How should I get around in Cuba?

Honestly before going to Cuba I searched online like a madwoman for ways to get around because our main concern was to get home form the airport and we were concerned that all the taxis would be taken due to the demand and lack of supply being so many tourists on the island. Anyhow, there are many ways to get around the island that you can look into depending on your budget ie: bus, trains, taxis, renting a car ( very expensive) or collectivos aka rideshares.

We ended up connecting with a family member of a friend that picked us up from the airport and ended up becoming our driver for the time we spent in Havana. She would come to our Airbnb and pick us up at set times but when we wanted to explore the city on our own we would just walk over the area where taxis were stationed and just hoped in one. Most taxi rides around Havana would run about $10-15 dollars.  Taxis are a reliable way to get around in Cuba but beware of  just hoping in a taxi and paying metered rates.


I recommend before you get in the taxi asking the driver the price and be sure to keep in mind most reasonable rates to get around Havana was  about $10-$15, some taxis may notice you as a tourist and attempt to charge more.

I recommend booking any excursions or day trips online to eliminate the guess work.

Try to book activities beforehand so you don’t’ over pay for getting around. We ended up booking excursions/ day trips through Airbnb and really saved ourselves the headache of trying to figure it out when we got to  Havana. See my Havana 4 day itinerary post for suggestions.  Don’t stress about getting around it’s just like any other country.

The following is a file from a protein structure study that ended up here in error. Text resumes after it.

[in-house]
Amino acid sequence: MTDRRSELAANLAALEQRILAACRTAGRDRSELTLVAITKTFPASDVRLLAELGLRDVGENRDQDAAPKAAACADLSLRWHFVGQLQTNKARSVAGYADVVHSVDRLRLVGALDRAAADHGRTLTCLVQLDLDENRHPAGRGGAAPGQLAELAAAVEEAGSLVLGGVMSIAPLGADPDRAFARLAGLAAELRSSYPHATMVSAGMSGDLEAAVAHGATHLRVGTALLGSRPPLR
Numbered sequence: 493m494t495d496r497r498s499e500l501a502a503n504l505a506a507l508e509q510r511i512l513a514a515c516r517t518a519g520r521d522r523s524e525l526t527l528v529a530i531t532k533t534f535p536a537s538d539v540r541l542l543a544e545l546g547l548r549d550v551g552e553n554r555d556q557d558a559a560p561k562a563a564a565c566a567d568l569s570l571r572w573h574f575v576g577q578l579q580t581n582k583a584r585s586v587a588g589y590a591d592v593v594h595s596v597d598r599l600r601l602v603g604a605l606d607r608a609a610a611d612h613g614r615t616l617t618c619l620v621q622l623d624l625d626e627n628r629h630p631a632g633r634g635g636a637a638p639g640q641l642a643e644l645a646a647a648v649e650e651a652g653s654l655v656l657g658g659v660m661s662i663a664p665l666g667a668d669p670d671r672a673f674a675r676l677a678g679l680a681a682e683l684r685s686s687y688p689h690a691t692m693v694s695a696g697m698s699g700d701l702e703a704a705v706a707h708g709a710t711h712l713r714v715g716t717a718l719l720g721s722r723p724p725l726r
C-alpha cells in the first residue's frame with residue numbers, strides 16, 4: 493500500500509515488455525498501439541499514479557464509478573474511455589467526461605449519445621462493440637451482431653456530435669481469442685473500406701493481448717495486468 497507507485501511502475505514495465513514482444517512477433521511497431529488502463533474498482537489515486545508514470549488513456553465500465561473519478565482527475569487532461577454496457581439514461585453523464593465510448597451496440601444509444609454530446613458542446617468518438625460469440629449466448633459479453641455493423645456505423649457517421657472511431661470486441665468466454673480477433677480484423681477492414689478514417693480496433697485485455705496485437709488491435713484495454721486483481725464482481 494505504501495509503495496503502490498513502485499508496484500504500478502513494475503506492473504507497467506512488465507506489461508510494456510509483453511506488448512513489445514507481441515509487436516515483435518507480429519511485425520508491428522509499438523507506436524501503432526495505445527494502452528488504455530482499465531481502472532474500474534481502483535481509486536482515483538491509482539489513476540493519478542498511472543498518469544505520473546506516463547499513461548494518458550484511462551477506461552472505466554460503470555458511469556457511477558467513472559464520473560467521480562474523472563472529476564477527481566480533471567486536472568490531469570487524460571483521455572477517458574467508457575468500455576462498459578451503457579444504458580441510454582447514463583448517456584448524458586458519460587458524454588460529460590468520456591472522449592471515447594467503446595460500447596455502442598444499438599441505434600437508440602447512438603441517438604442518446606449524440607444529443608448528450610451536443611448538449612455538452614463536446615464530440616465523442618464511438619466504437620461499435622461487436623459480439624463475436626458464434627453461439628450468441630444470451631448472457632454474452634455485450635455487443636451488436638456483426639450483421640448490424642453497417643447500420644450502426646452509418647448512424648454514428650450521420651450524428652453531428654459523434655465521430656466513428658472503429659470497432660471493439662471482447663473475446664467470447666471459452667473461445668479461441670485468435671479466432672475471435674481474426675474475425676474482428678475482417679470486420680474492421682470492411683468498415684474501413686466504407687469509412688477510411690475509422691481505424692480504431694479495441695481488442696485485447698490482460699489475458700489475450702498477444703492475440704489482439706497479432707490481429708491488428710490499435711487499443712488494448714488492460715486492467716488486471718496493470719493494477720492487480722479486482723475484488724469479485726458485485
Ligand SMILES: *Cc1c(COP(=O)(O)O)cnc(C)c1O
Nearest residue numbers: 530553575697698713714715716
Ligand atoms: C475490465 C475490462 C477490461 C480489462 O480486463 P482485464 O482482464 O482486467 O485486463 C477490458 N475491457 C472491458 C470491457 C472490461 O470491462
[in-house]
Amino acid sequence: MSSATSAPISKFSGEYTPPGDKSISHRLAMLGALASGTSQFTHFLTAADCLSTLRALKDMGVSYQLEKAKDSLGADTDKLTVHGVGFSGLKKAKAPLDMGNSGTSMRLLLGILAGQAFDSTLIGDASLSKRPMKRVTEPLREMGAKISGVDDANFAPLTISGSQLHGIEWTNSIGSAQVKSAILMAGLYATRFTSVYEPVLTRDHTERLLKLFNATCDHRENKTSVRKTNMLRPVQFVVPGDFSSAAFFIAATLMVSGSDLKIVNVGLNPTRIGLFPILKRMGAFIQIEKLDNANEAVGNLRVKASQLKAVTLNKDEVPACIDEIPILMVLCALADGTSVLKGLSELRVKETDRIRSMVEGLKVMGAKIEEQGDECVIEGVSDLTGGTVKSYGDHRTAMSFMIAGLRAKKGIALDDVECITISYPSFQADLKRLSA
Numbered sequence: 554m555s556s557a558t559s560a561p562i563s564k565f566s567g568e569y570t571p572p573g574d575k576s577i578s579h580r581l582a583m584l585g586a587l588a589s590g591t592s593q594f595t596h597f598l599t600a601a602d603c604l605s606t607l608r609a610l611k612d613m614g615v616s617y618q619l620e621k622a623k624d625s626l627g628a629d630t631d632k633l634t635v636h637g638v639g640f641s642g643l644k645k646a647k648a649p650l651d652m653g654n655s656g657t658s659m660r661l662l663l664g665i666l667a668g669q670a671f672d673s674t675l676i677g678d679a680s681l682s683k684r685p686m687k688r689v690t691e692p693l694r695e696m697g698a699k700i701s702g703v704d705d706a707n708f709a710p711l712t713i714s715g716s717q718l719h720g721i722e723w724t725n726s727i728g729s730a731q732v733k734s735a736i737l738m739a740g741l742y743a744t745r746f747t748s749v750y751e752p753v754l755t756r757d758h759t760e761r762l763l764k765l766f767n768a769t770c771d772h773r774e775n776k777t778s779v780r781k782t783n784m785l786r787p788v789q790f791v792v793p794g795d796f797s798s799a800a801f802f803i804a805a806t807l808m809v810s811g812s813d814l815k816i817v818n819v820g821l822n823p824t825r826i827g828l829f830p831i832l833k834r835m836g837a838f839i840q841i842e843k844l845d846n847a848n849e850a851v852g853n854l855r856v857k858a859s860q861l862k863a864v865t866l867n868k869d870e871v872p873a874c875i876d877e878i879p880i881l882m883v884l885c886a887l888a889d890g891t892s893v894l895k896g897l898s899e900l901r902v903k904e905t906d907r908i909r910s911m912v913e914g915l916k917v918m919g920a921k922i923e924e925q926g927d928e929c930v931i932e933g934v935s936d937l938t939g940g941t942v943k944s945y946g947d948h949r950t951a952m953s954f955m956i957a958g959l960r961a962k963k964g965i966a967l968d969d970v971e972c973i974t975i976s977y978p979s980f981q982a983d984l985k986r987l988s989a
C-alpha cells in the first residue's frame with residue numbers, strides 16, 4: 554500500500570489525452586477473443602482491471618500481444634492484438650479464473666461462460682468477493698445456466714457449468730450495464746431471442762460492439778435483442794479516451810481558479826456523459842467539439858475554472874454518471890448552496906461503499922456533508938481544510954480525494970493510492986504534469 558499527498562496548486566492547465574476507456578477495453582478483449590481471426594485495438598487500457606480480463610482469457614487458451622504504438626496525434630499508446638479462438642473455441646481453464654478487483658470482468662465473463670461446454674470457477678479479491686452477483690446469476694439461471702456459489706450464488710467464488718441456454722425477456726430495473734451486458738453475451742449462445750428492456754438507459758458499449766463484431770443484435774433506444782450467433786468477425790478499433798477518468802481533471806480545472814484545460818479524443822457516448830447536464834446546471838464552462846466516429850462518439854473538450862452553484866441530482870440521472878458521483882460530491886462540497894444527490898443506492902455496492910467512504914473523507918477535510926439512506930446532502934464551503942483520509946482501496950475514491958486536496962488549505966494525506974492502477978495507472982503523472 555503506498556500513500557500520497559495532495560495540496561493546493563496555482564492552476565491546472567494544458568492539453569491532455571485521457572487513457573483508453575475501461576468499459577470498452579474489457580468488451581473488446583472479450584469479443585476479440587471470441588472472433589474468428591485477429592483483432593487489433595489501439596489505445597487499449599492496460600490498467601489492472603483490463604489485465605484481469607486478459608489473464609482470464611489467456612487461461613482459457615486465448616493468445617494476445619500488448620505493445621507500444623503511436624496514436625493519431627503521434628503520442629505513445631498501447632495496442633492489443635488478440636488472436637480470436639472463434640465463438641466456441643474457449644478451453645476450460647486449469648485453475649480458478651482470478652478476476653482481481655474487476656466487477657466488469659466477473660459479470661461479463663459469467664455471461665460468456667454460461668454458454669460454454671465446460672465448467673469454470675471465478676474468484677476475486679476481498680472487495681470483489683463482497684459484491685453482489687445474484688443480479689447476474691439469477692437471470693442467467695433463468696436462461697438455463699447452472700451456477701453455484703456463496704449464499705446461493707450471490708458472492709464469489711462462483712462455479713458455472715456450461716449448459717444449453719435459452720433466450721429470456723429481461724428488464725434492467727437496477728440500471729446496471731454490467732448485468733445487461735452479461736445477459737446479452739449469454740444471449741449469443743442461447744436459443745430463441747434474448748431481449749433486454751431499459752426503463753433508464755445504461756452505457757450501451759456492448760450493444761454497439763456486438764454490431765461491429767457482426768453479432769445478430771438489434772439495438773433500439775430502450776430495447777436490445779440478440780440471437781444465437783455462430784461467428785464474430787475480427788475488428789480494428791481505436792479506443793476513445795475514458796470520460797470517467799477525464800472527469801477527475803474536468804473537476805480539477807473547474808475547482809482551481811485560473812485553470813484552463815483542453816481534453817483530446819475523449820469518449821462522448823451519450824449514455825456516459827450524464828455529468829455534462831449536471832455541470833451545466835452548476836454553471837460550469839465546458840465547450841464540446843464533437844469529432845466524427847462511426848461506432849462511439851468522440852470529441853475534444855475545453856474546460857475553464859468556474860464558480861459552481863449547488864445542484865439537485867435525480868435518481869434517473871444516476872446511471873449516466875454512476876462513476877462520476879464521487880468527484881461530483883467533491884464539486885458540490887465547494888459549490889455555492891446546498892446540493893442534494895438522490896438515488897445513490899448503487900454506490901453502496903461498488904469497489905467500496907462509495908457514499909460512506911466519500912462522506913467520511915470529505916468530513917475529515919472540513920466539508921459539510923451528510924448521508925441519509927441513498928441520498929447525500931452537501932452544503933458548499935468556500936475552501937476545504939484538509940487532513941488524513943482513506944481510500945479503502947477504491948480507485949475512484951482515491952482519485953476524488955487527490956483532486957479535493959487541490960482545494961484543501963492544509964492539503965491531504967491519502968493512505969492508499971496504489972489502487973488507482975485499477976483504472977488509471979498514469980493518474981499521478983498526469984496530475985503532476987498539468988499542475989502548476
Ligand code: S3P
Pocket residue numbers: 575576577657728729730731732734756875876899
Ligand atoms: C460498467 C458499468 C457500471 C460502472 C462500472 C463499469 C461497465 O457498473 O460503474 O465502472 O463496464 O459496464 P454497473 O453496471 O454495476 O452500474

Yes, it’s perfectly safe for Americans or anyone to visit Cuba. As a precaution I’d recommend that you are aware and don’t walk dark alley ways at late hours of the night, but that’s what I would recommend regardless or what city or country your are visiting. Overall my experience was a happy and exciting one. The Cuban people are friendly, honest and lively. So if you’re afraind of anything it would be being caught in a dance off while visiting one of the many little bars in the city.



Unfortunately it’s very difficult to book hotels online due to the internet connection in Cuba so I’d recommend booking through Airbnb. I booked an Airbnb linked here but you can chose whatever options are best for you. I was also able to book some activities through Airbnb but keep in mind to follow instructions from your host because you may not be able to communicate with your activity coordinator or host ( ugh the internet connection does it again)


Our Airbnb was cute it’s what you would expect for traveling back into the 1940’s. We were lucky enough to have A/C in our room but remember it’s very hot in Cuba and there aren’t many places that have A/C.

We really liked the Airbnb we chose because it was centrally located in La Habana and walking distance from a lot of great spots. Well I hope you learned something, Happy Travels!


There’s always something to find joy in.